A Rosh Hashanan perspective

September 24, 2019 by Rabbi Gabi Kaltmann
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“How wonderful it is that nobody need wait a single moment before starting to improve the world.” ~Anne Frank.

Rabbi Gabi Kaltman

When a new year rolls around it always seems like the previous year has flown by and the inevitable question of where has the time gone comes to mind. Whenever Rosh Hashanah feels like it is again on the horizon I like to personally take stock of my year. What did I achieve, what did I not yet manage to complete and also assess what changes I need to implement into my life for the year ahead.

The past year has also been very difficult as the atrocities and hate that appears to emanate from so many places have seemed to come closer to home. America witnessed two Synagogue shootings resulting in the death of innocent congregants in houses of worship and closer to home, we witnessed the attacks against churches in Sri Lanka and mosques in Christchurch.

 In the face of such terror and such hate, it is almost impossible to fathom what drives such actions. We live in the most prosperous time that humankind has ever seen. The medical advances are immense and people no longer die from preventable diseases and there is enough food created in the world that no one should have to go hungry anymore.

 There is always still room for improvement in the world, but I have faith that the areas that need greater progress, have the brightest minds working on them and together we can all continue to contribute to creating a better society for all.

 Living in a country like Australia can sometimes allow you to become complacent. All the good things that one desire are easily accessible at one’s fingertips. Instead of appreciating what we have, we may start to take it for granted and instead of having gratitude, the complaints manifest.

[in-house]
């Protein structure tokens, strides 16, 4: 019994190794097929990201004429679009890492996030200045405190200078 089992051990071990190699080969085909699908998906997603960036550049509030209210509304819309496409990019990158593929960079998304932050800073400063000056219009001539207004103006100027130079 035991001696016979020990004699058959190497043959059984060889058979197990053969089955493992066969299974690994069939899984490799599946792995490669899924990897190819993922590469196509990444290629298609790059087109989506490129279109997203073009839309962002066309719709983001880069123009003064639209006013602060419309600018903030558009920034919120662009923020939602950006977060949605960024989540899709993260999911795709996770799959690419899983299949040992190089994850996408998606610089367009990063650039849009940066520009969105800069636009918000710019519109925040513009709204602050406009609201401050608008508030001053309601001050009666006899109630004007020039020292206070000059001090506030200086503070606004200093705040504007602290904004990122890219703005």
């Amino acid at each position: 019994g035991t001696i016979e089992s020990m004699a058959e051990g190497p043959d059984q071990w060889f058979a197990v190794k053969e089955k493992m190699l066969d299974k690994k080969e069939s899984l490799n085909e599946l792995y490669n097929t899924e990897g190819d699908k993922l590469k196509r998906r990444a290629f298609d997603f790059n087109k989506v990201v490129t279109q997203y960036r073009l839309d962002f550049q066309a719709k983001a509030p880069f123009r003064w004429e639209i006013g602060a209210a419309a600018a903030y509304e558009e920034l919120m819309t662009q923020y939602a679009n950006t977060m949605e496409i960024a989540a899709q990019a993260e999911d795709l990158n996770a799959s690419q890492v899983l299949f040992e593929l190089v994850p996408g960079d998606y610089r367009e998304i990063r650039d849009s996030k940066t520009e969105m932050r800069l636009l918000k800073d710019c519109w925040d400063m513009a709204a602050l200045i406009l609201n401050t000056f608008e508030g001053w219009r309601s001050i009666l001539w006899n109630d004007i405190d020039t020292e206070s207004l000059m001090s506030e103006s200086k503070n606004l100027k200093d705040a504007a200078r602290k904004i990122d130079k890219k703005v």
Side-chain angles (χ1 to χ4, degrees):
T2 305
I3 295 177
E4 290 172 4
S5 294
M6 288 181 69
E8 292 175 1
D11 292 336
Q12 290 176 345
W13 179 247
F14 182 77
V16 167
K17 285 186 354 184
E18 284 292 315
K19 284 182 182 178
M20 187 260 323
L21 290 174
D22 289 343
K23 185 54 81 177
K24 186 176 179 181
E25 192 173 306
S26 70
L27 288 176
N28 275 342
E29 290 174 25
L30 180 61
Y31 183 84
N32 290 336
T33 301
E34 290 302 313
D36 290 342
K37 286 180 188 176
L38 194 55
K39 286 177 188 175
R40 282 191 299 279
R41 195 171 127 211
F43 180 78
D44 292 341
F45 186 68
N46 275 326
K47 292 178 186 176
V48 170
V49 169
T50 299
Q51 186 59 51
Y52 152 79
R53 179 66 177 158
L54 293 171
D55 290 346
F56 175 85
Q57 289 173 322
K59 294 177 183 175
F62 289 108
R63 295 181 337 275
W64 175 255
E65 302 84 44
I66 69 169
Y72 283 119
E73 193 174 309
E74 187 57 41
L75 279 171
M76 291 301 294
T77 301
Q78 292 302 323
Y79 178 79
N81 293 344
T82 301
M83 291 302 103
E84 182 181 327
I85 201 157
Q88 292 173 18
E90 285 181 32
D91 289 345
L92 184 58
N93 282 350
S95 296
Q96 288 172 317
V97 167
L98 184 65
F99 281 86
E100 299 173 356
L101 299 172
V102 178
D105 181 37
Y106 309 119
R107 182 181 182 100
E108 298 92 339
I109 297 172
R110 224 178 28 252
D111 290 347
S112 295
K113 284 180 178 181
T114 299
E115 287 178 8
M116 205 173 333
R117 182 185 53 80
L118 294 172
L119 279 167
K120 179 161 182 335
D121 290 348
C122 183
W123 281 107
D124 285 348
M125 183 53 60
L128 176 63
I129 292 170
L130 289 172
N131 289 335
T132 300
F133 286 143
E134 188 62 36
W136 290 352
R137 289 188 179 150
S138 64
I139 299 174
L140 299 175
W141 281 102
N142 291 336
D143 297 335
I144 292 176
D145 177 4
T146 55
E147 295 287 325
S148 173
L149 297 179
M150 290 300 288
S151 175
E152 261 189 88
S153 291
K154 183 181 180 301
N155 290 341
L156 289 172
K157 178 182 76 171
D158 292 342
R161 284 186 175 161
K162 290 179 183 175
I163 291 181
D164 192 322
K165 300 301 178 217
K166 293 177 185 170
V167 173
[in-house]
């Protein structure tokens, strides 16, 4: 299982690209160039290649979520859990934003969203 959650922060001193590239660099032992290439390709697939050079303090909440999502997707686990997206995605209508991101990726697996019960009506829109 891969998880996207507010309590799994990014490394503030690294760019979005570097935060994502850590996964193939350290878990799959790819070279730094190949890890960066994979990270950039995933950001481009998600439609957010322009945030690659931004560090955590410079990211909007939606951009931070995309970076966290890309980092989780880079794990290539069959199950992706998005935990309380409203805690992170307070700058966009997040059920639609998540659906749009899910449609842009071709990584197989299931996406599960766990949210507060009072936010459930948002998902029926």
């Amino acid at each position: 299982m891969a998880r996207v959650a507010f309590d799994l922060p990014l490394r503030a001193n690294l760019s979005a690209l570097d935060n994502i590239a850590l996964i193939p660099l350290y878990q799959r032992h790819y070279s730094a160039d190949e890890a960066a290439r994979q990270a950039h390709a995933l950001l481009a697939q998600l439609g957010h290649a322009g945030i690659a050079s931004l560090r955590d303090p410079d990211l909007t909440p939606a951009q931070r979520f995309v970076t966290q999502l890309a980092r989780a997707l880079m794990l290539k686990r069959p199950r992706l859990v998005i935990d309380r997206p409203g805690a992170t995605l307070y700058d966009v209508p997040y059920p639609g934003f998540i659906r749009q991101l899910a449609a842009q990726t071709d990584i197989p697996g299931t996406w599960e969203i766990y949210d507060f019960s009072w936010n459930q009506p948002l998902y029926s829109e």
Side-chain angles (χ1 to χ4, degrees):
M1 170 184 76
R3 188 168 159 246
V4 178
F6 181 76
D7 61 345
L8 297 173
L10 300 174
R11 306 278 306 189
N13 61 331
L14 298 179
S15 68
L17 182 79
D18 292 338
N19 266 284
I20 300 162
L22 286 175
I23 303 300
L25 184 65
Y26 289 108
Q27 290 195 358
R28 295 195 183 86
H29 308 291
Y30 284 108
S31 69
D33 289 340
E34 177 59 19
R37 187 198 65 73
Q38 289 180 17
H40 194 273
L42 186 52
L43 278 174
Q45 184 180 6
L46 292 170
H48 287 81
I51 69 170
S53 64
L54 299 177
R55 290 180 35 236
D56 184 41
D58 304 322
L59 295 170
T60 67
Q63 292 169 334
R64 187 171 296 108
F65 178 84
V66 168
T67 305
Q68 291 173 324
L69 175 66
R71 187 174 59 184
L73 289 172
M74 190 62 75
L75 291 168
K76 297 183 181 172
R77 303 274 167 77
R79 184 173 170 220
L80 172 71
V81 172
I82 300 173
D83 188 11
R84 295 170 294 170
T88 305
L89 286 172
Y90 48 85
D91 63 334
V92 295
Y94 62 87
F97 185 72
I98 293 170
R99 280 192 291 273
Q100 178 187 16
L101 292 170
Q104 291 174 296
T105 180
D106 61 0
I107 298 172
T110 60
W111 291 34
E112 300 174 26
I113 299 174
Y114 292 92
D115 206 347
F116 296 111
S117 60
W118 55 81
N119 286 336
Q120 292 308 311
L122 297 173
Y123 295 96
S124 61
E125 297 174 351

With anti-Semitism on the rise across the world and the ugly head of hate rearing its head in full force, we have to be vigilant and ensure that we safeguard against hate both here and overseas. From casual comments which disrespect others, to allowing our platforms to be manipulated by those that seek to sow discord and disharmony.

As Jews, we know all too well what it is like to be a persecuted minority and we have to ensure that we speak out against this kind of bigotry and hate.

 In addition to the usual festivities, the ahead year hold special significance as the first in the new decade.

 Thinking in a ten-year time frame really makes you look at long term goals, and gives you time to assess the intermediate steps to reaching your goal. It takes the focus off the day to day comings and goings and occasional setbacks we might have. It certainly is easier to look at a bump in the road and feel less pressured about it when you are looking at a 10-year time frame than one of a number of months!

 In such an exciting era of growth and possibility, we do not want to be seen as the generation that did not use our potential to contribute and give back to those less fortunate.

 From a personal perspective, one will reflect the usual questions such as: Where do you want to be living in 5780? What would you like your home to be like in ten years? Your friends? Your family? What kind of job do you want to have? Who do you want to be sharing your life with?

 From a community-wide perspective, our ten-year goals should include growing our community, attracting Jews that are not connected, welcoming a diverse crowd, engaging more young people and running programs and events that nourish our spiritual and physical needs.

 Rosh Hashanah, with the sound of the shofar, is a wake-up call that the year has flown by, but there is still much that needs to be done and still much that we can personally do.

 I know that in the coming year ahead, 5780, I will try to work on myself as much as possible and contribute to the causes that are near and dear to my heart. Likewise, I implore our community to take a moment to reflect and see what your personal abilities allow you to positively contribute to the world around you both for the year and decade ahead.

 It’s time to get to work!

Rabbi Gabi Kaltman is the spiritual leader of Melbourne’s Ark Centre

 

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